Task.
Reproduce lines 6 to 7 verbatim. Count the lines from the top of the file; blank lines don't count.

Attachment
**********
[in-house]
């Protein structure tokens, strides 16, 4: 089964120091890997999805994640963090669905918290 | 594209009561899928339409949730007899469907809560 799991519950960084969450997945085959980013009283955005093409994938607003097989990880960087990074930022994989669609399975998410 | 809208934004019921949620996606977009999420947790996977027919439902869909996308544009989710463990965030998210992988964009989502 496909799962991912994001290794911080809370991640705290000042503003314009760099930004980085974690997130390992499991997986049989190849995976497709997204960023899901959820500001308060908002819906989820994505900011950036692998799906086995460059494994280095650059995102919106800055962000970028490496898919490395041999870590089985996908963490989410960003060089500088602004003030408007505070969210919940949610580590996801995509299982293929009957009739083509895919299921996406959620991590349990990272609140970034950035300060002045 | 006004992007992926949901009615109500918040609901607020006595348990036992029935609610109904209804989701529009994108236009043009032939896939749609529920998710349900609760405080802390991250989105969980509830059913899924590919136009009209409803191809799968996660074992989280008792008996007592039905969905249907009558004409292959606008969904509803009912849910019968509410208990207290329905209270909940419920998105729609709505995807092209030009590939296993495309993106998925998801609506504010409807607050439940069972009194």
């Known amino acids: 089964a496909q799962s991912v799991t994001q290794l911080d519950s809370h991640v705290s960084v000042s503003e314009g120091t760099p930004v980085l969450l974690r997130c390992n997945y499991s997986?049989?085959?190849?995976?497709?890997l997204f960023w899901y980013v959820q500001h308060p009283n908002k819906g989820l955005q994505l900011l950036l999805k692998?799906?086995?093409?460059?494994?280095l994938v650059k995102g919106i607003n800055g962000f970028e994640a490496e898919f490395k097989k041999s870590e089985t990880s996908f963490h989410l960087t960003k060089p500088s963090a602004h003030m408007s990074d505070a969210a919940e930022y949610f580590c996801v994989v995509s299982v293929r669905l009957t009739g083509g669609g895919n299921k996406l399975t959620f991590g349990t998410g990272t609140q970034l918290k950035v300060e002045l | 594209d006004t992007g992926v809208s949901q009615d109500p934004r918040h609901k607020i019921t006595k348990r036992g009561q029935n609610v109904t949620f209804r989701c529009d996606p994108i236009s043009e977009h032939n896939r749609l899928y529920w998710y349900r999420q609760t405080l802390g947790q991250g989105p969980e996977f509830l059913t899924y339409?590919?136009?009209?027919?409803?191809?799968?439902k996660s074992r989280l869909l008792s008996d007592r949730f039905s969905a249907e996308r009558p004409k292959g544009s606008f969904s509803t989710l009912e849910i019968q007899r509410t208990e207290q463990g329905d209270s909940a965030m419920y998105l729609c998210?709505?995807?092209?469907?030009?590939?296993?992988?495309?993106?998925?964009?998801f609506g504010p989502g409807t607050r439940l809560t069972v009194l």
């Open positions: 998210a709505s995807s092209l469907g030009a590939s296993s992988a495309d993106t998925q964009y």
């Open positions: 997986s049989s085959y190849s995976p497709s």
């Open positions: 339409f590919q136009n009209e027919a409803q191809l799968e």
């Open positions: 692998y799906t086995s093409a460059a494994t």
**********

């Open positions: 339409f590919q136009n009209e027919a409803q191809l799968e």
């Open positions: 692998y799906t086995s093409a460059a494994t």